Originally Posted by twmattox
I am getting my 360 rebuilt. I stripped it and dropped off at a machine shop.
They indicated it needs bored (40 over) and the cam ground (10 under).
I think you mean cylinder bore of 0.040" overbore,
THE CRANK (not cam!) turned 0.010" under size.
This is pretty common...
AMC used a little more Nickle in the cast iron than they should have, so the blocks were softer.
0.040" on the block is usually to take the 'Funnel' shape out of the bore.
Rings wore the top of the cylinder more (less lubricant/more heat at the top) and the cylinder gets to looking like a FUNNEL! Wide at the top and narrower at the bottom!
I've not had the opportunity to receive a 360 AMC engine yet that didn't need at LEAST 0.030" to make it straight/round again, and 0.040" is more common than you think!
Although I try not to turn the cranks under if I can keep from it since the 360 had a cast iron crank, and any material you remove weakens it.
Also, The 'MAIN JOURNALS' where the main caps hold the crank in the block,
And the 'ROD JOURNALS' the connecting rods hook to the crank at can be turned differently if one or the other doesn't need turned...
It's only a few bucks extra for the odd sized bearings, and it's worth keeping the 0.010" of material on the crank if you can...
Although most of the cast iron Rod Journals will be "Egg Shaped" since pressure is only put on 1/4 of the journal during 'Compression Stroke' and then pressure put on the following 1/4 during 'Power Stroke',
1/2 of the journal will have virtually NO WEAR, and that makes for a 'Big Side' and a 'Small Side'.
When seen in cross section, it is 'Egg Shaped' so it all has to be turned round and true with crank centerline again...
I like to have the bearings in the block and/or rods and 'Torqued' before I turn the crankshaft, I can get an EXACT inside diameter measurement from the bearings...
When I know the EXACT inside diameter of the bearings,
I can turn the crank SPECIFICALLY to fit each bearing...
This keeps oil loss to a minimum, and you need ALL the help you can get in an AMC engine!
I want to make sure it lasts a long time and have been told of a few oil modifications to make to the rig (though it is hard to understand why these things would not have been done from the factory if they are such improvements). Problem is I can't seem to find any real instructions on what to do or how to do it.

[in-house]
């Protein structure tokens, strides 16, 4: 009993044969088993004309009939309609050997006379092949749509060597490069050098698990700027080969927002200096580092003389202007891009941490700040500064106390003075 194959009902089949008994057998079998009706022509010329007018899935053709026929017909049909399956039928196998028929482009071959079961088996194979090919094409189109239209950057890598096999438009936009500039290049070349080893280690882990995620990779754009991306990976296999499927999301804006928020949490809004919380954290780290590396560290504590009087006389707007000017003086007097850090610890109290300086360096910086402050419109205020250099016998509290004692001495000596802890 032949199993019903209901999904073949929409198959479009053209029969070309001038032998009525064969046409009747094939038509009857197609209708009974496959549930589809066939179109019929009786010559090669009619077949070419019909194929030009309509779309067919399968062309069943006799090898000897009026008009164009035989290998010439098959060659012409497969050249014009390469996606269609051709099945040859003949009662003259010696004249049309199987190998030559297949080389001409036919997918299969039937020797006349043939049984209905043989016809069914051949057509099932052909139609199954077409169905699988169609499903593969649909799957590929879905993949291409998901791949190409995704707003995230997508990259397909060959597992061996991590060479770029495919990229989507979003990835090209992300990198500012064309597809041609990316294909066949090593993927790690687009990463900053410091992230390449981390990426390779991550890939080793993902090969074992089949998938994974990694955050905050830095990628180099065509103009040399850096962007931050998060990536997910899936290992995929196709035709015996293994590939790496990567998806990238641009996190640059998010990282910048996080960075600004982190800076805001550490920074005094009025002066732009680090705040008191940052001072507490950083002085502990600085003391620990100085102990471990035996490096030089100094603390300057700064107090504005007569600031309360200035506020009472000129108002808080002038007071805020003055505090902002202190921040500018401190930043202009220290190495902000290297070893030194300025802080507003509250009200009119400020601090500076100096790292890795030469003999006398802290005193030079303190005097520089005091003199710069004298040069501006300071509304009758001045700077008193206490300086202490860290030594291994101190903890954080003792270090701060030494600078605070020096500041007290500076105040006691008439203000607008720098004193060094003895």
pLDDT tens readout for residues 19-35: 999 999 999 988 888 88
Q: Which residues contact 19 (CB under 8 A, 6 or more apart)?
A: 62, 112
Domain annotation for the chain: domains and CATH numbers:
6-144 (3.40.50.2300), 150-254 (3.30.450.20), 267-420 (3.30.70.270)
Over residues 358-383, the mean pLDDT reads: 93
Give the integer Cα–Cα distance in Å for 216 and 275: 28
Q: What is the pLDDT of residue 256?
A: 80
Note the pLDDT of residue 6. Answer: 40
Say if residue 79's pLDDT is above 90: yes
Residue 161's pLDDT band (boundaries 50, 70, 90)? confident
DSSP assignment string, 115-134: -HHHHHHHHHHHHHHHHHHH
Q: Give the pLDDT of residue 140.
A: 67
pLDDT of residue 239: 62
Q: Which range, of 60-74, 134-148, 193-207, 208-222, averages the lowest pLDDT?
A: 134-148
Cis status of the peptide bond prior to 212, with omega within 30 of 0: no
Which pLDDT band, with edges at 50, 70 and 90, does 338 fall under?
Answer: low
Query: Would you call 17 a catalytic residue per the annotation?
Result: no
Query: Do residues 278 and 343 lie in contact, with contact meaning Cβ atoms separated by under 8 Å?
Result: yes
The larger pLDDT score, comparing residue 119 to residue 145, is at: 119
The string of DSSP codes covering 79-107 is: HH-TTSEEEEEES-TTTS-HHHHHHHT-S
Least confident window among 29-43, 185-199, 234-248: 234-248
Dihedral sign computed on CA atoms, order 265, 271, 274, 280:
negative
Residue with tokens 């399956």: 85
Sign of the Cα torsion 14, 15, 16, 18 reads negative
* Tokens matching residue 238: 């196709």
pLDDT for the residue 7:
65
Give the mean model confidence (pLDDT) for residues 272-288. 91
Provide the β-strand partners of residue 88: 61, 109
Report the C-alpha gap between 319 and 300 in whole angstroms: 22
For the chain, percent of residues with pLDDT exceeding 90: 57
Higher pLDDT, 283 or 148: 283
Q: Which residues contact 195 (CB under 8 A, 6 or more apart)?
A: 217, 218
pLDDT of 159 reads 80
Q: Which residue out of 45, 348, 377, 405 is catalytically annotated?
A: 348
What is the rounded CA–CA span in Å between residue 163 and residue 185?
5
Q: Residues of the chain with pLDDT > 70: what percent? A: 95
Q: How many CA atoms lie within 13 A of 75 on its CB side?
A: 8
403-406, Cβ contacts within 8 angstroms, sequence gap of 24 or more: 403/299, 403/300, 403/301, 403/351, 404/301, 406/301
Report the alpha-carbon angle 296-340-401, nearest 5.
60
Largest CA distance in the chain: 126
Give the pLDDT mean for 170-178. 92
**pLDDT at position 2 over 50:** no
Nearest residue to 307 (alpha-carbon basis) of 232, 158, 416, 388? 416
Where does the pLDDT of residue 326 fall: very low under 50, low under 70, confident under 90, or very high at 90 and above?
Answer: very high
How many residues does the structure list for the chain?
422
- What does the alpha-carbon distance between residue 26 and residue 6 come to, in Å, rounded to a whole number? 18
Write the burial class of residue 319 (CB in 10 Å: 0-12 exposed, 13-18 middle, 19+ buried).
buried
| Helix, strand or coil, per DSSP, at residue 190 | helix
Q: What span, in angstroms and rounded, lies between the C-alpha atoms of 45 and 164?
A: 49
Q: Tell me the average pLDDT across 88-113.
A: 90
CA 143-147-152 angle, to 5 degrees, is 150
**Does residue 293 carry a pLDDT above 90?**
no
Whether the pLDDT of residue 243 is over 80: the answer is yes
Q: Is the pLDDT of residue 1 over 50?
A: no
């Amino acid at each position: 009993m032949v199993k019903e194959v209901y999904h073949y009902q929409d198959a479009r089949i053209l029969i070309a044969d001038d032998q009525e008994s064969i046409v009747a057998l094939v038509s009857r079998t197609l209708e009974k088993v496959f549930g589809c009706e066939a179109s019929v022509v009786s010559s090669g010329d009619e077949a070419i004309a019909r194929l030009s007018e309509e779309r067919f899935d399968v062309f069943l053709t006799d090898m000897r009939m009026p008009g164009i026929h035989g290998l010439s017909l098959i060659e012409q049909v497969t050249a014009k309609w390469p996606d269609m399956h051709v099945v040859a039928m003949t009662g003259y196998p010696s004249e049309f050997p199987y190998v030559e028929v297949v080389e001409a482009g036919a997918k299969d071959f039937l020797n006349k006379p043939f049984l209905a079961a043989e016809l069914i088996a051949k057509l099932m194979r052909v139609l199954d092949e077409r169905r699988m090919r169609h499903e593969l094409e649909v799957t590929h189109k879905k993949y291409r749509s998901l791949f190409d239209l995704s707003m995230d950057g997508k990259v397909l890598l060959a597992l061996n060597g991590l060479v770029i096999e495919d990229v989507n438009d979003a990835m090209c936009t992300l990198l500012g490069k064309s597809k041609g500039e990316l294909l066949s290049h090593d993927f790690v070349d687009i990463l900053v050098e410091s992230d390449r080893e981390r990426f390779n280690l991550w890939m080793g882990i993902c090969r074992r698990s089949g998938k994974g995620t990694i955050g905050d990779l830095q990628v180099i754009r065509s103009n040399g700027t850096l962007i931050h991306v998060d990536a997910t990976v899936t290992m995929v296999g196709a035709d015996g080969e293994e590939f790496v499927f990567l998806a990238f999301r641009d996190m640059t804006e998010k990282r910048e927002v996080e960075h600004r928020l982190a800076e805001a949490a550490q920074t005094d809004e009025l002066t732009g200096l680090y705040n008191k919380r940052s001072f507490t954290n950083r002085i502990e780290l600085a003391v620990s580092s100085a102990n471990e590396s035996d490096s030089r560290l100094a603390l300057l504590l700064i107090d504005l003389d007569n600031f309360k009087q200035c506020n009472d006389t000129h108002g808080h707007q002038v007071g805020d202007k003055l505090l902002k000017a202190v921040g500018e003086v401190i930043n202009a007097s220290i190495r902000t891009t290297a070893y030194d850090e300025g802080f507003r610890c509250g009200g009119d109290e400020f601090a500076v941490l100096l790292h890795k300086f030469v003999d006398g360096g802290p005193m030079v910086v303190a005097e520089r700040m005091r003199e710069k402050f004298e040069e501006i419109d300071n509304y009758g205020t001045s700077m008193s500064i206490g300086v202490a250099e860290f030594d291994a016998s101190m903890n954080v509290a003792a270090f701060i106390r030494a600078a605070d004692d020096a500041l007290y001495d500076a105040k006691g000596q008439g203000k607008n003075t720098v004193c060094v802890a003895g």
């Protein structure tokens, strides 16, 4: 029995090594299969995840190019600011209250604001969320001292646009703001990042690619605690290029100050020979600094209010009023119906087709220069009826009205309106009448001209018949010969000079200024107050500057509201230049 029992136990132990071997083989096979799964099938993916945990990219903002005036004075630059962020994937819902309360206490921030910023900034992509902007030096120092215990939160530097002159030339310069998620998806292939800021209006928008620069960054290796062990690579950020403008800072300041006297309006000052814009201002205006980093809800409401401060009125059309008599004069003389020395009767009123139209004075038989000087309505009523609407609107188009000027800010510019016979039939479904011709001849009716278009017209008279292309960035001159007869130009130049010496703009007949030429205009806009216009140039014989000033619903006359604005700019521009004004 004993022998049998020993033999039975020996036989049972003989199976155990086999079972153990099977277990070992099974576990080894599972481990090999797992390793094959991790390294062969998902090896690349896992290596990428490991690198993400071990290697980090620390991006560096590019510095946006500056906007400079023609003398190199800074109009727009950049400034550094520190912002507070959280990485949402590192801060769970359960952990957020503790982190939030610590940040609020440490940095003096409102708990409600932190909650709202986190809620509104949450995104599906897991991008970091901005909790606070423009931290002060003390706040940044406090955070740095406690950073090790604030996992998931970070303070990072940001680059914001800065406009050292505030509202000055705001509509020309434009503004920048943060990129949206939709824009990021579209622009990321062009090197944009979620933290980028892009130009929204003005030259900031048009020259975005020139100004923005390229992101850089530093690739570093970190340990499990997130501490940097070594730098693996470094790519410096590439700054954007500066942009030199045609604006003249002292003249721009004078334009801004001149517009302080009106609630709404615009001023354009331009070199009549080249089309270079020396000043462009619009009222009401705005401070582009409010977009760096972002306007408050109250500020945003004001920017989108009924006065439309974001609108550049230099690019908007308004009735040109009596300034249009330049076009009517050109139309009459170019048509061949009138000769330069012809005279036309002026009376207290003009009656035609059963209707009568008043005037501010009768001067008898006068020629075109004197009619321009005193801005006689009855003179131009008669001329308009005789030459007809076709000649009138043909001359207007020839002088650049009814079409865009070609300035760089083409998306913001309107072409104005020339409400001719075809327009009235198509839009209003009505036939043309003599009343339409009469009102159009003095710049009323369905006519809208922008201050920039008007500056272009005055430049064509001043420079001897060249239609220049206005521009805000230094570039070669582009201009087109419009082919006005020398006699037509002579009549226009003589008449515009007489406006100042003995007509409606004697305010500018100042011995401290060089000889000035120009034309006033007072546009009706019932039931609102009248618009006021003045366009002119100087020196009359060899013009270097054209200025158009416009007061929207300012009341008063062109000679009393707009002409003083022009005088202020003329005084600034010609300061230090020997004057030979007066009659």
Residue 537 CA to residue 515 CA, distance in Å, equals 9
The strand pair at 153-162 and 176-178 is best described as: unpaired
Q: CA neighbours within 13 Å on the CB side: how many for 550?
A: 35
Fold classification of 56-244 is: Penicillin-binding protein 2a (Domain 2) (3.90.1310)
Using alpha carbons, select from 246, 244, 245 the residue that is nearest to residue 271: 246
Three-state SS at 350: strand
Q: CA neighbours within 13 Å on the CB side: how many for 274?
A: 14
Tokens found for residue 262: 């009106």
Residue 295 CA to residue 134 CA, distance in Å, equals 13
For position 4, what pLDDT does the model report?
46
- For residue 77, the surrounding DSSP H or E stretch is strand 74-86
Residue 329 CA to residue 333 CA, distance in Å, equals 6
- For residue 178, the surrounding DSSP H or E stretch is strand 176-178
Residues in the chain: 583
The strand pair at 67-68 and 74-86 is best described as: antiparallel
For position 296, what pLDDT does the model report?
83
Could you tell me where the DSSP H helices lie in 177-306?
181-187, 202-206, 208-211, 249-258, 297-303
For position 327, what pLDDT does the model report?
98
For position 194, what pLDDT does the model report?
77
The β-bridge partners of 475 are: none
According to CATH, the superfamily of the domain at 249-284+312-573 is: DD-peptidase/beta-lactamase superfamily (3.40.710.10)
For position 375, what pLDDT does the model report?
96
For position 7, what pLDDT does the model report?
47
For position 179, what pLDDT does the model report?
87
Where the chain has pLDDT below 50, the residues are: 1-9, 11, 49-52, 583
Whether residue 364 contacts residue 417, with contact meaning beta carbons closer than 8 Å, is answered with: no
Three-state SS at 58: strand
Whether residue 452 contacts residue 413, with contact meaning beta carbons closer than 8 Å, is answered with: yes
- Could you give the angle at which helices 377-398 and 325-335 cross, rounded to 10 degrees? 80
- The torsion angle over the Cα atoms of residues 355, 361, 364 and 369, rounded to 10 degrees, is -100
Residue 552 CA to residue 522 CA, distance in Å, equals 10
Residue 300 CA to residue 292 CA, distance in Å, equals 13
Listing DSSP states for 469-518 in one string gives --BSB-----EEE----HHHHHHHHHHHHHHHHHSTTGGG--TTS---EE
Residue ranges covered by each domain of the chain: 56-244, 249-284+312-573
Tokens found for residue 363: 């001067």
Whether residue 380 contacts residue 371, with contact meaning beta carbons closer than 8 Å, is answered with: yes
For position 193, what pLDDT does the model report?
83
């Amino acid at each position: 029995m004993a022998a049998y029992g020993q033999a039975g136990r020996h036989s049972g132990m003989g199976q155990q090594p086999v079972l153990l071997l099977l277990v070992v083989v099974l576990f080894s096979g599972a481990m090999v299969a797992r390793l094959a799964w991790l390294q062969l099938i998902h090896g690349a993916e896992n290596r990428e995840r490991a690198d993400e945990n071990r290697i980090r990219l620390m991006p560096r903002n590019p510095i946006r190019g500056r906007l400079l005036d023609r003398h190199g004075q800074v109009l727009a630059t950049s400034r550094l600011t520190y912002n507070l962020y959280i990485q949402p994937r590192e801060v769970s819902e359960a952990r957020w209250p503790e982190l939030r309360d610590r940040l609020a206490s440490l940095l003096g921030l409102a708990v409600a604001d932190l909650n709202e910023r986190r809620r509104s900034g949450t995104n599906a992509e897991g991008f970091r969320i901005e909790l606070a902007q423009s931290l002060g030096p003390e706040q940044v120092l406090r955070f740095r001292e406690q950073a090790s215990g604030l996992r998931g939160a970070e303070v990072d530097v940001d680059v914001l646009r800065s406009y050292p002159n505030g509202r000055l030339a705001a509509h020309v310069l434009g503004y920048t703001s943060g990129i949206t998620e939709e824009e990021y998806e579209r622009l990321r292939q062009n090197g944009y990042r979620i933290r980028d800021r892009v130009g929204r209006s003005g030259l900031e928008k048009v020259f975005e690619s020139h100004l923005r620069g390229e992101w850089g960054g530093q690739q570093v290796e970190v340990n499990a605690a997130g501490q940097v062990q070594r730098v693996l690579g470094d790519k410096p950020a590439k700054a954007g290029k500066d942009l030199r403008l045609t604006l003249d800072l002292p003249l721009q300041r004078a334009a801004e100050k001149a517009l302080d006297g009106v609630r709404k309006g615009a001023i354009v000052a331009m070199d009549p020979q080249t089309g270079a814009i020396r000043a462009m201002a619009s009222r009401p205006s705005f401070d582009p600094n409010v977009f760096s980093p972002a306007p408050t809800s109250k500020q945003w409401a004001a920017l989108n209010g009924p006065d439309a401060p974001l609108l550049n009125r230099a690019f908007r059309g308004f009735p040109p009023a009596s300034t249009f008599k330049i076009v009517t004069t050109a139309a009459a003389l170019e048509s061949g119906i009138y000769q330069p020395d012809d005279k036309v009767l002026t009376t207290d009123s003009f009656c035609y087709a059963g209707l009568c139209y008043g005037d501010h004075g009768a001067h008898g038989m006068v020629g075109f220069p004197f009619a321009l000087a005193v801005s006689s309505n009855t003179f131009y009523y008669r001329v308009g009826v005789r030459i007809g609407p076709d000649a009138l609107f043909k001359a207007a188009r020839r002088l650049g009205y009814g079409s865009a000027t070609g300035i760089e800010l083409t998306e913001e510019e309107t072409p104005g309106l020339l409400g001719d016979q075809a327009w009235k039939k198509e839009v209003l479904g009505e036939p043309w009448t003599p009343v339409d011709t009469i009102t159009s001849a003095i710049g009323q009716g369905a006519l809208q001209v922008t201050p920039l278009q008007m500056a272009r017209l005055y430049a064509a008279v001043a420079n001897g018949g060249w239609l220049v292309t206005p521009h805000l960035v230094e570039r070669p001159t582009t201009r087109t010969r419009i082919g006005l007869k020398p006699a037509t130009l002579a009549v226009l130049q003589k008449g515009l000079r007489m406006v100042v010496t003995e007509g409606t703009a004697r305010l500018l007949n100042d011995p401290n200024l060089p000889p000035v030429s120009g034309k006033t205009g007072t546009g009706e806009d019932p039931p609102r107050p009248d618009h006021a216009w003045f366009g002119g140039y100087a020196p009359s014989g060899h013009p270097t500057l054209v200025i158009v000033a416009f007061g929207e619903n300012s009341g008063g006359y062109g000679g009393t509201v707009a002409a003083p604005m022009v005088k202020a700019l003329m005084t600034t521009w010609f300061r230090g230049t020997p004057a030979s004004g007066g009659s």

1) I found a fairly detailed hand drawn picture called AMC V-8 oil system mod #1. It indicates using a rotary file or drill bit to enlarge a hole in the oil pump housing (though it appears to be on the timing chain cover portion). Is this recommended or not?
By all means open that port in the pump body up!
Delivery VOLUME will be increased to the rest of the engine.
Won't matter when the engine is new and fresh and tight,
But later, when the bearings are drooling oil every direction, it will help you keep pressure later!
2) I have found pictures regarding a valley oil mod (sometimes referred to as a rear main bearing oil mod). It appears to be a copper line running from the front of the engine to a hole drilled in the rear (all in the valley). Does this affect oil pressures (my neighbor is afraid this will prevent the engine from building pressure)? What diameter line is recommended? Is this a recommended mod?
Your neighbor doesn't understand hydraulics or fluidics.
What you have to watch is,
You don't want to drill too deep, just into the oil passages both front and rear,
You don't want to use too long of a fitting that will block the passage that is already there.
Personally, I remove the rear gallery plug and drill out the stock passage just to make sure I didn't impinge on the factory passage with the fitting...
You will need a THOROUGH block cleaning after the machining!